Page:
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International adult learners week


This week sees the first attempt to join adult learners throughout the world in the launch of the first International Adult Learners Week.

The aims of the week are to bridge the activities during national adult learners’ weeks, celebrate International Literacy Day and mutually learn from the experience gathered in the different countries.

The reasoning behind International Learners Week is to attempt to highlight and work towards dealing with the disparities between haves and have-nots where adult learning is concerned. Carol Medel-Aonuevo from the UNESCO Institute for Education says that "our long term goal is to create a culture where adult learning is considered a right and a tool for equitable and sustainable development; and where adult learning is taken as a crucial component in the creation and strengthening of democratic and productive communities. We look forward to that learning society where everyone has an equal chance to participate. We need to celebrate as we work and move towards that society which promotes lifelong learning."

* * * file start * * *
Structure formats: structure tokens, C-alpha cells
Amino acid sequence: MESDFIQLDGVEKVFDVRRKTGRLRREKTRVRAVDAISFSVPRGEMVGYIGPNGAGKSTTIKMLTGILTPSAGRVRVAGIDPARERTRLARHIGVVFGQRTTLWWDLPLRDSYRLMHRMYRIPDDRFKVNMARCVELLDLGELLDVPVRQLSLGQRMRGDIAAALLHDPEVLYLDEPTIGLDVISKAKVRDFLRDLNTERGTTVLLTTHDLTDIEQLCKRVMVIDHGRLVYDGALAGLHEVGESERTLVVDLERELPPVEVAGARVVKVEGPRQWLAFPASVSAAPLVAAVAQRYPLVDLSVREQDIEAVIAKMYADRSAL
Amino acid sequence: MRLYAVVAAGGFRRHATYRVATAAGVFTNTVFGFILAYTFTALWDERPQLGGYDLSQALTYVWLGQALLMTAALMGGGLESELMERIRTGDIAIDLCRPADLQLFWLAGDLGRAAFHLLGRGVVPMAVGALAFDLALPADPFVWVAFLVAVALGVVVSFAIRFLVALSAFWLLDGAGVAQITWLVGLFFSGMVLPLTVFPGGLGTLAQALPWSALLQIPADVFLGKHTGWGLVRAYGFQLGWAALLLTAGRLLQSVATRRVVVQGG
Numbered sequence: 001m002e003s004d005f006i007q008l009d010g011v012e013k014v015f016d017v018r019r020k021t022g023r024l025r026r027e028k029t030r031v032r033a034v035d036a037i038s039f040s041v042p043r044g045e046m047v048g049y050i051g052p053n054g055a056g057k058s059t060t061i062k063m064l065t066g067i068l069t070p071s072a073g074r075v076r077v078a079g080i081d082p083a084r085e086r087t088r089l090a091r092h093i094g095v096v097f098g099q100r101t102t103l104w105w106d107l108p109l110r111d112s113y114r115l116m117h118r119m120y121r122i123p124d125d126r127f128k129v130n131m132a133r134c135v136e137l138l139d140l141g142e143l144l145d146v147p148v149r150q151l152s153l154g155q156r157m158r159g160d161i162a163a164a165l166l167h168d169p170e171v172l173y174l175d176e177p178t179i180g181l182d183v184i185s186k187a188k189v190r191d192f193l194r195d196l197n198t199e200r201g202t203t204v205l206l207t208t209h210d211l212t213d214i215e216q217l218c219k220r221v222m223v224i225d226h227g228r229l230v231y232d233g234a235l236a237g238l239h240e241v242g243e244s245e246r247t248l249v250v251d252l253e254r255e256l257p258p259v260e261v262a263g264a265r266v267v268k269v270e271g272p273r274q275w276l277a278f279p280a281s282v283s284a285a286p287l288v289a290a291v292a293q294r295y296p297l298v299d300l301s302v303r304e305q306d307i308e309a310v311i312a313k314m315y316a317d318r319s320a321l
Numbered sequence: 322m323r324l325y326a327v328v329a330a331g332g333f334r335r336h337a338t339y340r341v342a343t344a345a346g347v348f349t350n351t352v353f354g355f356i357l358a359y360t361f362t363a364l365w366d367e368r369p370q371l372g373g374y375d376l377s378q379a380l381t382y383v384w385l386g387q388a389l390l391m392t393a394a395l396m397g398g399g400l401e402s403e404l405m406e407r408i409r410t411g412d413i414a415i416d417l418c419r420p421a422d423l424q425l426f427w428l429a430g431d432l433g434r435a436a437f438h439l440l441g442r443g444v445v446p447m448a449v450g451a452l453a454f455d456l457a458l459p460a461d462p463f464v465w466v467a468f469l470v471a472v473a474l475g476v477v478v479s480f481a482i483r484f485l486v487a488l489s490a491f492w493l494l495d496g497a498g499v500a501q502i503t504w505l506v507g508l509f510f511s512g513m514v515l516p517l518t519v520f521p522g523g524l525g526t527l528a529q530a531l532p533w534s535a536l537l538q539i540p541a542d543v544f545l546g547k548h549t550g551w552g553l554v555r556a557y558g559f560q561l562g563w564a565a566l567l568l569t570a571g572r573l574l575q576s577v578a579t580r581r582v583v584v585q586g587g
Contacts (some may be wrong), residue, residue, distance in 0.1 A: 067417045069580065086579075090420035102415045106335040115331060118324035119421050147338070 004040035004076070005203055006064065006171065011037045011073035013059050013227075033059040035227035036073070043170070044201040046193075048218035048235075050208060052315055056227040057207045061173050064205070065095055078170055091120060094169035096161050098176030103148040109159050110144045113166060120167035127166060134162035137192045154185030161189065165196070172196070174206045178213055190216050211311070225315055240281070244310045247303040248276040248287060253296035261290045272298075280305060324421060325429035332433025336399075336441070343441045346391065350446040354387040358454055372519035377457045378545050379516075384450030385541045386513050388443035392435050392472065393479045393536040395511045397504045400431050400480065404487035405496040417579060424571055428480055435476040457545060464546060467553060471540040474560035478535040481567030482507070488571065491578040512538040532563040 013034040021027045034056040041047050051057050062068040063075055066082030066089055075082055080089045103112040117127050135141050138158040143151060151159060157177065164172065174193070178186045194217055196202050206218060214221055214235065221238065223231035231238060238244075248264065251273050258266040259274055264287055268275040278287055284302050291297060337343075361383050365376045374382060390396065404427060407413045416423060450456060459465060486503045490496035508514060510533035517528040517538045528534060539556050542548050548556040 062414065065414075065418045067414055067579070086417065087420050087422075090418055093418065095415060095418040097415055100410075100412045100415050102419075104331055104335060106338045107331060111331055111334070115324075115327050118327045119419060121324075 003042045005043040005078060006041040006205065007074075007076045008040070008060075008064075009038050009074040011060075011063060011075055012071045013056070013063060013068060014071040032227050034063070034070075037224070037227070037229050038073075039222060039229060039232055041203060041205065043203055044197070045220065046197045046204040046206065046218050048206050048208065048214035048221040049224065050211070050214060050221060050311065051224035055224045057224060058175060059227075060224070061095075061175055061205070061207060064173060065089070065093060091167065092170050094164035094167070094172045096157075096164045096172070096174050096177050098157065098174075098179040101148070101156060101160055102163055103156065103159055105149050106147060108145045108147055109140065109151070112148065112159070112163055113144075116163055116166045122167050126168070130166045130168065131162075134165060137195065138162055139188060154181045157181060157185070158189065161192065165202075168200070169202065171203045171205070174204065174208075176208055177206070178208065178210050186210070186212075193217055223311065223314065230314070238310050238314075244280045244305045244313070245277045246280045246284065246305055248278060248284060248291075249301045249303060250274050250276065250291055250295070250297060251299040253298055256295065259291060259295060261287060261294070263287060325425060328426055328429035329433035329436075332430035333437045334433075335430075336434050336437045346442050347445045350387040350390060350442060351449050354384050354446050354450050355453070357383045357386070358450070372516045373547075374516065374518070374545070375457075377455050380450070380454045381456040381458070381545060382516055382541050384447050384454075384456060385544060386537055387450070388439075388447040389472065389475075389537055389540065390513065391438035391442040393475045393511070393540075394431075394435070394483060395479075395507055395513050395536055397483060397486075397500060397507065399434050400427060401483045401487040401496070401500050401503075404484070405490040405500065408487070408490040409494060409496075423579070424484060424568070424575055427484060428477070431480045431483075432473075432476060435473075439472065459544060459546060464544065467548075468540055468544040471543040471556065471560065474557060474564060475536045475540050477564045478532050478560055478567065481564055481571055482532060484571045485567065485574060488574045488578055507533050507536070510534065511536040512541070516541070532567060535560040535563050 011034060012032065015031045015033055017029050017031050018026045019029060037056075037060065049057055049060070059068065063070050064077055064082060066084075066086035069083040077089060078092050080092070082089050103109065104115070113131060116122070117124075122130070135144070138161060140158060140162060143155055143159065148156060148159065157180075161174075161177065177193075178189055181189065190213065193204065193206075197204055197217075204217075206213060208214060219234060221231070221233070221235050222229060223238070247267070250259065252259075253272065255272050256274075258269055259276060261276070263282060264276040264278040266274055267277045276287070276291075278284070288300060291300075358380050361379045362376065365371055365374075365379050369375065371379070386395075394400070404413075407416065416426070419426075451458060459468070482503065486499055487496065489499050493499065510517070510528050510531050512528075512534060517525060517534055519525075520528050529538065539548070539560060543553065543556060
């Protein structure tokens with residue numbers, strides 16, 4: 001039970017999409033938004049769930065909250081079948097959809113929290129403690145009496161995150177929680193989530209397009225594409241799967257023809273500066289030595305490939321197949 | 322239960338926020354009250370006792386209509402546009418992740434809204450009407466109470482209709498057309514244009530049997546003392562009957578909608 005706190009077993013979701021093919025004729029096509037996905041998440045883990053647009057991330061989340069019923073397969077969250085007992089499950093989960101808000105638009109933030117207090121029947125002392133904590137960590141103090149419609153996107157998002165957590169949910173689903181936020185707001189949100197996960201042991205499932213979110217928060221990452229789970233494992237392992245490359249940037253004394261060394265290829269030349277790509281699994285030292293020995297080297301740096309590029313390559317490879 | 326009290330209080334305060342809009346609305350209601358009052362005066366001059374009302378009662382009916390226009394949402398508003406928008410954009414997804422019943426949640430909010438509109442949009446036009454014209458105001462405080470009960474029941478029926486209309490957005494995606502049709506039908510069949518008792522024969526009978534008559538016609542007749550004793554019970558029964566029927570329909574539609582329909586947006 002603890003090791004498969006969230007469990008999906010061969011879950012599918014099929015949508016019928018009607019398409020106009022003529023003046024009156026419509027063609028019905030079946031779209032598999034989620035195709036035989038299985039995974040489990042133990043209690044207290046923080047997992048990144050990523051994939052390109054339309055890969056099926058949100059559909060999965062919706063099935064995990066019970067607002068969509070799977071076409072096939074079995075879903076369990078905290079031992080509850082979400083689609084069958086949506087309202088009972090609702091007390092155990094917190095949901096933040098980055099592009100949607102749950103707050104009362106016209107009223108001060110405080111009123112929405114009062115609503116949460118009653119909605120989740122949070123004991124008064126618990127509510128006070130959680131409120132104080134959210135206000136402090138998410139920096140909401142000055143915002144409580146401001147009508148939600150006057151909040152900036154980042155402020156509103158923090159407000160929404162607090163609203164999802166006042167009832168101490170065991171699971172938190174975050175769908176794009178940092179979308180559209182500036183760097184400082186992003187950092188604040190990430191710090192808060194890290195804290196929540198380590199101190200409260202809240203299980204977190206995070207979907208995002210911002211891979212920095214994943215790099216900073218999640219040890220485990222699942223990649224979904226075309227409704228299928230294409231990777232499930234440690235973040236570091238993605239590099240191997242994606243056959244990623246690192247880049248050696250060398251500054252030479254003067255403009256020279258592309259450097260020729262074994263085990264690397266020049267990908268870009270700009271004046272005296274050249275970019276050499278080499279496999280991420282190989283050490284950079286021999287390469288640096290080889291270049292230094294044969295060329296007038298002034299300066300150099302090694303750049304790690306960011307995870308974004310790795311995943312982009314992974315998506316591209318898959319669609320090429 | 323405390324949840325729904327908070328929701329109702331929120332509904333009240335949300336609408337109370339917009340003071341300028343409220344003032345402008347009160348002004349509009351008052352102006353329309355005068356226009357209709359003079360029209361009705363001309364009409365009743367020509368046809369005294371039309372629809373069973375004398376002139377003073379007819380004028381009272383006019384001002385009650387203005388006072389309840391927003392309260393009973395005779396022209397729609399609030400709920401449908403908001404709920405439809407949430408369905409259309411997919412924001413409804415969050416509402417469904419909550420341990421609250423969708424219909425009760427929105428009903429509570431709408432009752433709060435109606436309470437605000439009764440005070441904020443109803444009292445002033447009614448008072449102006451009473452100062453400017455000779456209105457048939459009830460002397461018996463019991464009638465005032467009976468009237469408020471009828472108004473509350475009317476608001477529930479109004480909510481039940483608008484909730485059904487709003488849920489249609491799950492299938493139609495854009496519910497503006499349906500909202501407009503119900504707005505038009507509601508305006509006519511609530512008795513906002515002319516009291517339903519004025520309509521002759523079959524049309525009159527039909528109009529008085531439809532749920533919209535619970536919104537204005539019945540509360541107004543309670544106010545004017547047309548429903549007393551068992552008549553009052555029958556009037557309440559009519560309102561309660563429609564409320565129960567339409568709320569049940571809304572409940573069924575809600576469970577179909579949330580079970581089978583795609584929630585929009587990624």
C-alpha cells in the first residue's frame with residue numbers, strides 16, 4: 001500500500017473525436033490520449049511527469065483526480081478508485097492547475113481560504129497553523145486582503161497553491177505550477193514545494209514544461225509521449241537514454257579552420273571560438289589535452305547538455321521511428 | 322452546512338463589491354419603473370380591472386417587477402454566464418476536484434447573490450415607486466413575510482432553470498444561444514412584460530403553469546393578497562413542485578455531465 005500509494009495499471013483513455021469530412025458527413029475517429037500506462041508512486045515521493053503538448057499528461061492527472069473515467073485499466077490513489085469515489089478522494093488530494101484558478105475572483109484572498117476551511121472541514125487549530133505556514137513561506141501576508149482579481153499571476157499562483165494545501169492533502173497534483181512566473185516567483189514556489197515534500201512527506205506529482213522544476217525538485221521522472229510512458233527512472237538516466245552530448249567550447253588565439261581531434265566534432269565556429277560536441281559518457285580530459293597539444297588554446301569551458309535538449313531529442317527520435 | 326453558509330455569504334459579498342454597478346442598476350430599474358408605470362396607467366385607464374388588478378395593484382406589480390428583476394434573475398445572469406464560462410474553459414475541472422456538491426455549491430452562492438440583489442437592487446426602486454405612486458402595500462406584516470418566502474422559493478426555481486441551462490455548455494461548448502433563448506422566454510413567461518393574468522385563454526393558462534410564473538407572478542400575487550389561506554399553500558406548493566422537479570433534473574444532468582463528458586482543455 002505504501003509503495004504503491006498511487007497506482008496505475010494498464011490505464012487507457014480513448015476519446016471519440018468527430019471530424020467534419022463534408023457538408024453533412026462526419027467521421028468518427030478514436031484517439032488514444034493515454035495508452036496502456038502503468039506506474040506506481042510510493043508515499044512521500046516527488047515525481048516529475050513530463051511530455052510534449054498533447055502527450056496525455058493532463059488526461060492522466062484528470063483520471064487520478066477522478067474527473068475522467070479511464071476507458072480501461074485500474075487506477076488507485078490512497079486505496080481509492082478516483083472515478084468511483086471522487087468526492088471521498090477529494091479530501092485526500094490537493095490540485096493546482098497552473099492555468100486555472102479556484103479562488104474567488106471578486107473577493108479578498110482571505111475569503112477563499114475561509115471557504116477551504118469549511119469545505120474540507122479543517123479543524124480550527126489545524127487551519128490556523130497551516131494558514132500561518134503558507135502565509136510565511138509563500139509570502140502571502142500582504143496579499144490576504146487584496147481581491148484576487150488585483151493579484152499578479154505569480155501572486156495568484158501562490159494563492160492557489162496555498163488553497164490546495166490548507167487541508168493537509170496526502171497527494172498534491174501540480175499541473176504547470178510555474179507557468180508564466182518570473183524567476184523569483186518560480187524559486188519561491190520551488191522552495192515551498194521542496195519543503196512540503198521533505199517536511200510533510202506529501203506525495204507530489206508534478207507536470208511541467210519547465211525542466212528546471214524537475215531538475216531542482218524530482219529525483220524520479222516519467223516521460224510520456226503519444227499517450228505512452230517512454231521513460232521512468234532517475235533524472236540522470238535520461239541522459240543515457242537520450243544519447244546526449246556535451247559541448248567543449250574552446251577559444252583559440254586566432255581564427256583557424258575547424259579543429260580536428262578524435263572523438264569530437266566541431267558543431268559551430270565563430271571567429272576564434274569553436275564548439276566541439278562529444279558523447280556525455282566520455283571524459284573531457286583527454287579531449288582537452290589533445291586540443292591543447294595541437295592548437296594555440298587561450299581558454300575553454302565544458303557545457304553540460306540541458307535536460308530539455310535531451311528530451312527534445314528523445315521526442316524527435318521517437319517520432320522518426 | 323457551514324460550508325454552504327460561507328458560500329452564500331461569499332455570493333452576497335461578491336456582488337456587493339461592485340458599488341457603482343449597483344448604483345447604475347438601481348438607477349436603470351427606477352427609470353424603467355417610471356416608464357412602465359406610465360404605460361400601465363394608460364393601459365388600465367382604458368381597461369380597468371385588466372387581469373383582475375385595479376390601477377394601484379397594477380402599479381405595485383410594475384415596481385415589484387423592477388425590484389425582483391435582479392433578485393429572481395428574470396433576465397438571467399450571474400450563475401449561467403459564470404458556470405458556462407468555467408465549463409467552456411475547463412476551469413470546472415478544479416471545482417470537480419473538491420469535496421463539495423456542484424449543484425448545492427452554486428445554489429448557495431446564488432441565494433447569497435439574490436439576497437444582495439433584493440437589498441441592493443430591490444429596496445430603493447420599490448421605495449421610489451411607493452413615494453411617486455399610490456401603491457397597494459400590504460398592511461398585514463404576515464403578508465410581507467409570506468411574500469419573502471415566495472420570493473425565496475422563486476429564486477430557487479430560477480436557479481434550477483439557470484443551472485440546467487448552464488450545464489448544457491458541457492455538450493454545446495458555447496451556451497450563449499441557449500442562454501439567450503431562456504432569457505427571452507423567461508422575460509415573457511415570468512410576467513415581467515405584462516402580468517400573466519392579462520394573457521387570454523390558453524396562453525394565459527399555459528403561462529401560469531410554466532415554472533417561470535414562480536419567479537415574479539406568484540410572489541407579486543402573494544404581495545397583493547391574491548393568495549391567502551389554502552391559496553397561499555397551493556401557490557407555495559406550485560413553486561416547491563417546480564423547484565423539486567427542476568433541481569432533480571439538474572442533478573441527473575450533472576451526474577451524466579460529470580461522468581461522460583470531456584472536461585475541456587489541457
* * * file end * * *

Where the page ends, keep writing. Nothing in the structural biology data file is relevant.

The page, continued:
The Week was launched in Hannover on Friday with a three-day international debate at EXPO 2000 entitled "Building Learning Societies - Knowledge, Information and Human Development", looking at the growing role of learning, information and knowledge in sustainable development and alleviating poverty. International Literacy Day, which has been celebrated since 1967, was also celebrated on the the launch day.

As the UK's celebration, Last Friday NIACE hosted A Celebration of Lifelong Learning at the Dome. The day included the presentation of the Adult Tutors Awards and the New Learning Opportunities Awards, as well as television coverage of adult learning since 1992. Visitors from countries such as Jamaica, South Africa, Ghana, China and Australia were there to take part in the celebrations. David Blunkett's opening address for the event is available to view online at the DfEE's Lifelong Learning website.

Carol Medel-Anonuevo, of UNESCO, said: "The learning festivals are opportunities to acknowledge the role of learning in transforming lives, communities and societies."

The International Adult Learners’ Week guide has also been launched to share the experiences of international organisers of adult learners’ weeks, and to inspire more countries to participate in and contribute to the experience.

Since the first Adult Learners’ Week was organised by the American Association for the Advancement of Education (AAAE) in the late 1980’s, National Adult Learners Weeks have already been held in 28 countries around the world, including, as we flagged up earlier this year, the UK. A further 18 countries are due to hold an Adult Learners Week for the first time this month.


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